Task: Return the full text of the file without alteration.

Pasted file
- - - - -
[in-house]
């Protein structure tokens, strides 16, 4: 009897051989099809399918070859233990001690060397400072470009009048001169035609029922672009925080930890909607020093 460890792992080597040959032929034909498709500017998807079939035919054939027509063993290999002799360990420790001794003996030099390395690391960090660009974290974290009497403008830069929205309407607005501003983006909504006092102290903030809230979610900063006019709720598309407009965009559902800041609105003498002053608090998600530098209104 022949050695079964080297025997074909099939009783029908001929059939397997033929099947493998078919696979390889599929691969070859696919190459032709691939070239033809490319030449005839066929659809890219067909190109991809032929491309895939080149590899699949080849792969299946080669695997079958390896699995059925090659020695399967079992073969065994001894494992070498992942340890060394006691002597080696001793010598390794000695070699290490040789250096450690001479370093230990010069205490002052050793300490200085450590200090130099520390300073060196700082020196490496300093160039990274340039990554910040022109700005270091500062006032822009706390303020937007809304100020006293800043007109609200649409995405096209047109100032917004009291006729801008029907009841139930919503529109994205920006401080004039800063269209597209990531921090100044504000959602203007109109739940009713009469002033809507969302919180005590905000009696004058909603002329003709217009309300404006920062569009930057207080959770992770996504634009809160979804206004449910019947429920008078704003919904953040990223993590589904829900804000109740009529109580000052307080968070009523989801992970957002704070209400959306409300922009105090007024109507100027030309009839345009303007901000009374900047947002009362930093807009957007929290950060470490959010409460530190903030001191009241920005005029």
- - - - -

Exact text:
[in-house]
């Protein structure tokens, strides 16, 4: 009897051989099809399918070859233990001690060397400072470009009048001169035609029922672009925080930890909607020093 460890792992080597040959032929034909498709500017998807079939035919054939027509063993290999002799360990420790001794003996030099390395690391960090660009974290974290009497403008830069929205309407607005501003983006909504006092102290903030809230979610900063006019709720598309407009965009559902800041609105003498002053608090998600530098209104 022949050695079964080297025997074909099939009783029908001929059939397997033929099947493998078919696979390889599929691969070859696919190459032709691939070239033809490319030449005839066929659809890219067909190109991809032929491309895939080149590899699949080849792969299946080669695997079958390896699995059925090659020695399967079992073969065994001894494992070498992942340890060394006691002597080696001793010598390794000695070699290490040789250096450690001479370093230990010069205490002052050793300490200085450590200090130099520390300073060196700082020196490496300093160039990274340039990554910040022109700005270091500062006032822009706390303020937007809304100020006293800043007109609200649409995405096209047109100032917004009291006729801008029907009841139930919503529109994205920006401080004039800063269209597209990531921090100044504000959602203007109109739940009713009469002033809507969302919180005590905000009696004058909603002329003709217009309300404006920062569009930057207080959770992770996504634009809160979804206004449910019947429920008078704003919904953040990223993590589904829900804000109740009529109580000052307080968070009523989801992970957002704070209400959306409300922009105090007024109507100027030309009839345009303007901000009374900047947002009362930093807009957007929290950060470490959010409460530190903030001191009241920005005029």